Gunner Alfred William Burgess

My late father, Gunner Alfred William Burgess No 1831431 serving with 144 Battery 35 Light Anti-Aircraft Regiment, RA, lost his life in the Far East on 5 March 1943 as a Japanese Prisoner of War.   I was 6 years old at the time.   My mother, sadly, died after a long illness when I was 11 and being an only child I was thus brought up by relatives on my mother's side of the family.

On the 50th anniversary of the end of the war in the Far East, with many articles being written in newspapers etc, I  began to wonder what really happened to my father. We had had a telegram from the War Office - ``Missing at Sea, presumed dead 5.3.43", but was there anyone who could remember being with my dad before he died?     With the help of my cousin, Beryl Canwell, I wrote to the Ministry of Defence and paid £20.00 to be told what I already knew - that he had been lost at sea.   However, I also wrote to the editor of ``The Gunner" and to the Far East Prisoners of War Graves Archives and was put in touch with a Peter Dunstan who kindly rang me and then sent a brief history of the Royal Artillery ``Ballale 600".  

After the fall of Singapore in February 1942 my father was taken prisoner and spent time in the camp at Changi.   In early October 1942 the Japanese decided that 600 men from the Royal Artillery units (made up of 126 officers and men from the 35th LAA regiment 144 Battery plus officers and men from the following RA Regiments: 7th Coast,  9th Coast,  11th Coast, 2nd HAA, 3rd HAA, 5th Searchlight and Hong Kong & Singapore Artillery plus a few men from the RAMC and RASC who had been attached to the RA's) should be moved from the camp in Changi to another camp in JAPAN.   The 600 were under the command of Lt. Col John Bassett.   The party was taken to Singapore Docks where they boarded a ship believed to be the ``Masta Maru" and endured horrendous conditions.  Many men were sick at this time and Battery Sgt Major Lambourne of the 11th Coast Regiment died from dysentery.  On the journey, it was noticed that the ship was definitely NOT heading for Japan but was heading south.  On 5 November the ship docked at Rabaul on the island of New Britain in the Solomon Islands Group where the men were unloaded and marched along dusty tracks ankle deep with volcanic ash despite many being without footwear.  During this period the men were made to work in the tropical sun with many beatings.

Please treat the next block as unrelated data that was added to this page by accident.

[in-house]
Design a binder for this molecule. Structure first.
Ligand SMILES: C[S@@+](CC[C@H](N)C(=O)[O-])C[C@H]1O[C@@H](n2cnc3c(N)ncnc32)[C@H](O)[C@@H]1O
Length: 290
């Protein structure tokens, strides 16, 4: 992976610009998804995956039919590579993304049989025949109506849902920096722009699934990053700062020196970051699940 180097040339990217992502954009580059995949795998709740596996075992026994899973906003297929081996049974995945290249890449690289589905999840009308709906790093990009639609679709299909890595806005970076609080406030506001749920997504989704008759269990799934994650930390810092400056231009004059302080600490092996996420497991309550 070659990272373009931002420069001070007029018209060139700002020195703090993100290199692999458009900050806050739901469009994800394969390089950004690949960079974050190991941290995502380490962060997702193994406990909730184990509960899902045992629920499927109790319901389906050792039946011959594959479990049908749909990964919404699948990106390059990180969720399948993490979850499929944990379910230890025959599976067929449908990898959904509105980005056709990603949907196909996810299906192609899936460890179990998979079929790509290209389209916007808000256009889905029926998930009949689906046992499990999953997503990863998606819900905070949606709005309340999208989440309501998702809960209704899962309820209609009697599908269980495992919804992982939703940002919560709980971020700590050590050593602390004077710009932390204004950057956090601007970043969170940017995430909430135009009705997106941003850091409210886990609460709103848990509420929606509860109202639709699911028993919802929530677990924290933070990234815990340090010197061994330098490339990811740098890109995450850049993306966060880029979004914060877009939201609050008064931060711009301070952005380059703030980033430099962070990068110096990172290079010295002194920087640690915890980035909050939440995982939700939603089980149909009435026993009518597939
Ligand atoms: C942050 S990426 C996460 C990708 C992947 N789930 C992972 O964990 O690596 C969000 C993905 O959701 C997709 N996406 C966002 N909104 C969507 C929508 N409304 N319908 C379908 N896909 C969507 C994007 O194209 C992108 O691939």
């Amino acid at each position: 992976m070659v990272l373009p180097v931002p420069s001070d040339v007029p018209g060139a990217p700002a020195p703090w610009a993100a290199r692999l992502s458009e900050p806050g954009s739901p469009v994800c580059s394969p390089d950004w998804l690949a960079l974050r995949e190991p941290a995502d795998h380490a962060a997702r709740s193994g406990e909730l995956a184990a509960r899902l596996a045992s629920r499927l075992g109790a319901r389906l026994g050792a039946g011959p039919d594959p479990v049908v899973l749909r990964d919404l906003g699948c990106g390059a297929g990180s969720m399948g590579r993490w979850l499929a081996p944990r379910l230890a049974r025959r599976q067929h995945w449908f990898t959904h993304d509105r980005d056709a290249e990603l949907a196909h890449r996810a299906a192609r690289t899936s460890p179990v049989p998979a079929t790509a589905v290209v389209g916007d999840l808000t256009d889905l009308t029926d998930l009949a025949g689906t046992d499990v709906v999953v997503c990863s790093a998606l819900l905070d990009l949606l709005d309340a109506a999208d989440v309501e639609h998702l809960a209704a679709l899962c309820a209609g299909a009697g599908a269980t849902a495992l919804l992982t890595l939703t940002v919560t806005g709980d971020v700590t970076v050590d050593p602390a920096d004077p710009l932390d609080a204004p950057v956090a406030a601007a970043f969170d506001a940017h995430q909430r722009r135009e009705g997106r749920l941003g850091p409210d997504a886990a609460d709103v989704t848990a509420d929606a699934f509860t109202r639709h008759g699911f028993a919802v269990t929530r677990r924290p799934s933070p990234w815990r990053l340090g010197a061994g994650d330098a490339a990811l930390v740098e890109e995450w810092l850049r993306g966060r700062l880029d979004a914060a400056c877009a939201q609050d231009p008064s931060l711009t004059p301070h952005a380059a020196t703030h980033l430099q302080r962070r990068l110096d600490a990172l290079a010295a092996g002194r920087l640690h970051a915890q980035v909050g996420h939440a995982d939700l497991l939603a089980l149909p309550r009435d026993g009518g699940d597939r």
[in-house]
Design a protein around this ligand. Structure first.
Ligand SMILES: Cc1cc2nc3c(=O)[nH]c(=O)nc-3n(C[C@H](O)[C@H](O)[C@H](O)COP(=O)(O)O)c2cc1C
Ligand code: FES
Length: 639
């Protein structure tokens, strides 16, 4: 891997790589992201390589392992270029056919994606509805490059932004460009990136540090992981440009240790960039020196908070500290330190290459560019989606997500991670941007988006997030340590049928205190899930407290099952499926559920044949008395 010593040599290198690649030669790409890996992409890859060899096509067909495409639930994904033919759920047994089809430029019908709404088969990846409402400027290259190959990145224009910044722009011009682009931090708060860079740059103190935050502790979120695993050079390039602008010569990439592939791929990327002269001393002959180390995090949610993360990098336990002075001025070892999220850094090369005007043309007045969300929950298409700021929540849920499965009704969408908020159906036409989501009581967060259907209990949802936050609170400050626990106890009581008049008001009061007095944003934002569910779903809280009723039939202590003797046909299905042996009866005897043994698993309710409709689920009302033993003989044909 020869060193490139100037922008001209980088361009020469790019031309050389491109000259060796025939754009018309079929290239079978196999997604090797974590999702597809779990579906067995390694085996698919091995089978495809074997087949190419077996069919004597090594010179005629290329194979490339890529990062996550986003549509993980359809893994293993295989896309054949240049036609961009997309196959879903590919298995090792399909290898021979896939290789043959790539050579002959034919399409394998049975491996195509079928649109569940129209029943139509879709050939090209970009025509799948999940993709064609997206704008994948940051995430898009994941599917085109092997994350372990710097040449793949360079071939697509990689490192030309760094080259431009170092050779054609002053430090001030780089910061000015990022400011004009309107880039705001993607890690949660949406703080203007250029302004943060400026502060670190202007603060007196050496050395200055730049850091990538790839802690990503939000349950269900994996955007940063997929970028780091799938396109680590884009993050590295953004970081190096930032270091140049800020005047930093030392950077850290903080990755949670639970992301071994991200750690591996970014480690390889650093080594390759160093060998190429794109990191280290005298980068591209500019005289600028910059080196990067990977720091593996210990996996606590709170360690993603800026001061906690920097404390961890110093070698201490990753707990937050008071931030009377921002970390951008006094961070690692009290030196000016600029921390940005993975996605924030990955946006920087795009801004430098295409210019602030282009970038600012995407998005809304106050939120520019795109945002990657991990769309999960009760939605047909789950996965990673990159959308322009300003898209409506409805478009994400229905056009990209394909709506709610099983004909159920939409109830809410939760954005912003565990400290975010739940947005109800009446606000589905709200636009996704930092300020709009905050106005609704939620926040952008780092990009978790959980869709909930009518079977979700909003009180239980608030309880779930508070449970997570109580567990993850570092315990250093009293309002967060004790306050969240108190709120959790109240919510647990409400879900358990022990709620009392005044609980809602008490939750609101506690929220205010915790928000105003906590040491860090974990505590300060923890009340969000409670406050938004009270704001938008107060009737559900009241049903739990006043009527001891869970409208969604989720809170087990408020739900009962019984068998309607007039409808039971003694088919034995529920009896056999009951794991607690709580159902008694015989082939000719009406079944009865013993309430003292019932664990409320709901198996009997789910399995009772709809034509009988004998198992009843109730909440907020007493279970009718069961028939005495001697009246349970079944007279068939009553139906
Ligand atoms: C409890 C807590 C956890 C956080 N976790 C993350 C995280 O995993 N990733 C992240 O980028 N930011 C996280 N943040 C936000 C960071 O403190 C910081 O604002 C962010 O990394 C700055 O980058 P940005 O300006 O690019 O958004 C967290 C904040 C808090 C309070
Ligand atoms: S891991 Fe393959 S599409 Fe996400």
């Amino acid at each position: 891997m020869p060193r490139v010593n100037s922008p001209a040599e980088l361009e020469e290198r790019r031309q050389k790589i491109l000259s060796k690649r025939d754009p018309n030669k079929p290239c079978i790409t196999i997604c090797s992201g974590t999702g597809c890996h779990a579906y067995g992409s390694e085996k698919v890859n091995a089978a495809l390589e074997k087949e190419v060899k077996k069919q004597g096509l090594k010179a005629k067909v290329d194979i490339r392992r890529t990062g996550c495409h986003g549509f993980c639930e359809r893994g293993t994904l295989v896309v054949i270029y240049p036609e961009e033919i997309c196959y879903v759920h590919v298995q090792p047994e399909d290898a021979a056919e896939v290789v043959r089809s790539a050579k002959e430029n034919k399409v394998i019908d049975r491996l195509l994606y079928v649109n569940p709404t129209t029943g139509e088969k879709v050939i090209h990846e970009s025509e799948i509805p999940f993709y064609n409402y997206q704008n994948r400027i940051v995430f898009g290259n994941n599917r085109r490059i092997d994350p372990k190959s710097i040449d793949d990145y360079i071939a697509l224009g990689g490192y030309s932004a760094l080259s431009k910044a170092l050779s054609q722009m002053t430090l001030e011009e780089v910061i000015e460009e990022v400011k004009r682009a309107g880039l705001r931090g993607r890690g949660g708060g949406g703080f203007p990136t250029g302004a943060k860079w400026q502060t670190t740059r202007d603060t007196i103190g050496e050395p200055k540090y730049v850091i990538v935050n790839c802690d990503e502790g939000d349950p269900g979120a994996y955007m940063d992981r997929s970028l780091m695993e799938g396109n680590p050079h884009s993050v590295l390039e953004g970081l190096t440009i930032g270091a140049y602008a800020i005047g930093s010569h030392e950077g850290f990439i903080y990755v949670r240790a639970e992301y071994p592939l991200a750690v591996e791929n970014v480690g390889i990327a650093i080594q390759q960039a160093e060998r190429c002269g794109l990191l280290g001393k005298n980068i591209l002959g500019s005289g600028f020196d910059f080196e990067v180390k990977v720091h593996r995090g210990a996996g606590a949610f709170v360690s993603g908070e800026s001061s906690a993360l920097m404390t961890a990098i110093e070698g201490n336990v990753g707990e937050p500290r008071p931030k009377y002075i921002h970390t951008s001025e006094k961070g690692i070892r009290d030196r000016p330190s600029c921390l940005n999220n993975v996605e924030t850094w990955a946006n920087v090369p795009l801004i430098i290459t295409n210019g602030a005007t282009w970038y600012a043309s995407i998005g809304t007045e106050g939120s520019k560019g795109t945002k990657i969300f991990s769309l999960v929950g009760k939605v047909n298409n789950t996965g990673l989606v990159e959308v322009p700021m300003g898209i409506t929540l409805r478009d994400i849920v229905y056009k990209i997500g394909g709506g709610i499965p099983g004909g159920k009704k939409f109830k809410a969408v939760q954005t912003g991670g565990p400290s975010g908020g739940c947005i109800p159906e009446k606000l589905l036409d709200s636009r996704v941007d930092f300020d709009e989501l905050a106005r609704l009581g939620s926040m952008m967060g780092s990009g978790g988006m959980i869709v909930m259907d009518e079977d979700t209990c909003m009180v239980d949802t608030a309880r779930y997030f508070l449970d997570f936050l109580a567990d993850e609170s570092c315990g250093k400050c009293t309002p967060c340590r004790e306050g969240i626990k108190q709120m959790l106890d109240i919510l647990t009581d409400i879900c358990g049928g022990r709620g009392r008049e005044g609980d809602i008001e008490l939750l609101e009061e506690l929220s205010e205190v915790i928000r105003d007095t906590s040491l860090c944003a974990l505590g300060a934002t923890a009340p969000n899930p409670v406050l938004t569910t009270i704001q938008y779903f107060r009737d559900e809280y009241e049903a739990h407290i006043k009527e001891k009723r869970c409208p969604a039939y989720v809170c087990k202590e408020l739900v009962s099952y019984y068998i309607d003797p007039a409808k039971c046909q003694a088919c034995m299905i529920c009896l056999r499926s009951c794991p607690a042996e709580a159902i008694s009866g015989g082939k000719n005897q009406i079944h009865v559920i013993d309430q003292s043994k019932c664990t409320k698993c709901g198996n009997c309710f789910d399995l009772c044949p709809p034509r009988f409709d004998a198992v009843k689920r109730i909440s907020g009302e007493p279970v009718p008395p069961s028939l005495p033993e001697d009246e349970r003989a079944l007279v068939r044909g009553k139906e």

At the end of November the prisoners were assembled and the fittest 517 were told that they were to be taken to build an airfield for the Japanese.   82 men did not to go with the party as they were not deemed fit enough - ONLY 18 OF THE ORIGINAL 600 SURVIVED TO RETURN TO THE UK  - THESE BEING AMONG THE GROUP THAT DID NOT GO ON TO BALLALE).    The 517 were taken by another hell ship on the two day journey to the small island of Ballale which is approximately 4 miles in diameter to build an air strip.   In time, probably on completion of the air strip and the news being received by the Japanese that the Allies were closing in, orders were given that ``PRISONERS OF WAR WERE TO BE DISPOSED OF BY WHATEVER MEANS WAS AVAILABLE".   Accordingly, on 5 March 1943, those who were still alive (some having died of illness and others as a result of Allied bombing as the Japanese had not allowed the prisoners to dig trenches to take cover) were massacred in cold blood and not one of those taken to Ballale survived. 

It was only through one of the few natives who lived on the island and who had witnessed the events that this story was able to be recorded by the Australian Forces who re-occupied the island some time later.  In 1946 the remains of these British servicemen were recovered and were finally interred in graves in the Commonwealth War Cemetery at Port Moresby where they are tended by the Australian War Graves Commission.